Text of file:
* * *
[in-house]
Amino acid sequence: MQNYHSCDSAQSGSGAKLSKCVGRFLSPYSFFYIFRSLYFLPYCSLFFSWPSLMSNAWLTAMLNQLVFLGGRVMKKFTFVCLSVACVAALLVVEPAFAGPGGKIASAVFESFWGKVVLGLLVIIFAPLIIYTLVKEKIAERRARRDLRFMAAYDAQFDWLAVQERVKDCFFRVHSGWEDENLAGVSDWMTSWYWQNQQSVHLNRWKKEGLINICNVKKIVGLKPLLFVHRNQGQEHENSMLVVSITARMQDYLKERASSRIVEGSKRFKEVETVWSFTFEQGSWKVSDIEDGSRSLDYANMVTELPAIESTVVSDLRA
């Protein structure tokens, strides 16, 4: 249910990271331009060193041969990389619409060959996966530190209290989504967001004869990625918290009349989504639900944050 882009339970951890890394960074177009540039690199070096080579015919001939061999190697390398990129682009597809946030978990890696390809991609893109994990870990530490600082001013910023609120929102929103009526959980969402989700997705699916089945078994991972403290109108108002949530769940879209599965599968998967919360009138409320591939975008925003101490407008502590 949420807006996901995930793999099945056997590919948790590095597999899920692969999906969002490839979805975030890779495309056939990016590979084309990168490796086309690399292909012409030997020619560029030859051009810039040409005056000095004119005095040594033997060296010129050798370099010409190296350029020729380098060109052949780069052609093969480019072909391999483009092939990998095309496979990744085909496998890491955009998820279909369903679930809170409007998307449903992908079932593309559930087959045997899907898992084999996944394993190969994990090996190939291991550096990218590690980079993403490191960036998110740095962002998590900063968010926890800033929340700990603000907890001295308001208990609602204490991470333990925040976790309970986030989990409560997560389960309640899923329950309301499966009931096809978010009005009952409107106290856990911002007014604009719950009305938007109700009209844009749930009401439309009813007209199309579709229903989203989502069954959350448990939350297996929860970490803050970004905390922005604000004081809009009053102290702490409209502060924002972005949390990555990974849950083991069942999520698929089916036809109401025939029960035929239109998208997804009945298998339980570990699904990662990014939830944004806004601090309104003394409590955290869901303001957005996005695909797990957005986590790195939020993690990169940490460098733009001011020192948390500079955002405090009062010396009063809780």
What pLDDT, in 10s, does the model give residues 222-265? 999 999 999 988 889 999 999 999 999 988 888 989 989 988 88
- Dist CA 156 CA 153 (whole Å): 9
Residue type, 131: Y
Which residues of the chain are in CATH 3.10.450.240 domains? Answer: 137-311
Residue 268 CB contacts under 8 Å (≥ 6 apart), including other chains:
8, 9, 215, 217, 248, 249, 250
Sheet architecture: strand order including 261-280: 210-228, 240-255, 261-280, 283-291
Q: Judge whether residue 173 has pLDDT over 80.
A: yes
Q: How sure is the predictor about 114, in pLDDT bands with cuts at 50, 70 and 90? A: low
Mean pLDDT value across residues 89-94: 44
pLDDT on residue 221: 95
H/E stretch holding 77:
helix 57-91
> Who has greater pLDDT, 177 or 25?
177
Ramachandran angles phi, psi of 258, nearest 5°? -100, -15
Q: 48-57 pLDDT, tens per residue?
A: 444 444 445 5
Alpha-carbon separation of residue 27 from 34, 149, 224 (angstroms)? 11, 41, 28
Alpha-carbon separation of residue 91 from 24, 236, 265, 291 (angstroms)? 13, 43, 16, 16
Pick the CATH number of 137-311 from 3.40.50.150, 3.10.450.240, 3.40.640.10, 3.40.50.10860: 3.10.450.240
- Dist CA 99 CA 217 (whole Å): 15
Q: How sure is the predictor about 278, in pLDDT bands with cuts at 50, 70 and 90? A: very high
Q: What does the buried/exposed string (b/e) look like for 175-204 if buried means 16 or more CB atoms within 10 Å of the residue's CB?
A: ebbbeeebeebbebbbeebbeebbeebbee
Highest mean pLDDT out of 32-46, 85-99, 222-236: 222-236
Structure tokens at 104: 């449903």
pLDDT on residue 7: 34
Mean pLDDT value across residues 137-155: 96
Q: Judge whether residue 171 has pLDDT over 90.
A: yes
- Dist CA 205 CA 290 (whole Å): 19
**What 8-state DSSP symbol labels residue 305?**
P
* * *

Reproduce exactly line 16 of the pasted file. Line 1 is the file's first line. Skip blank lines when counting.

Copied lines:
H/E stretch holding 77: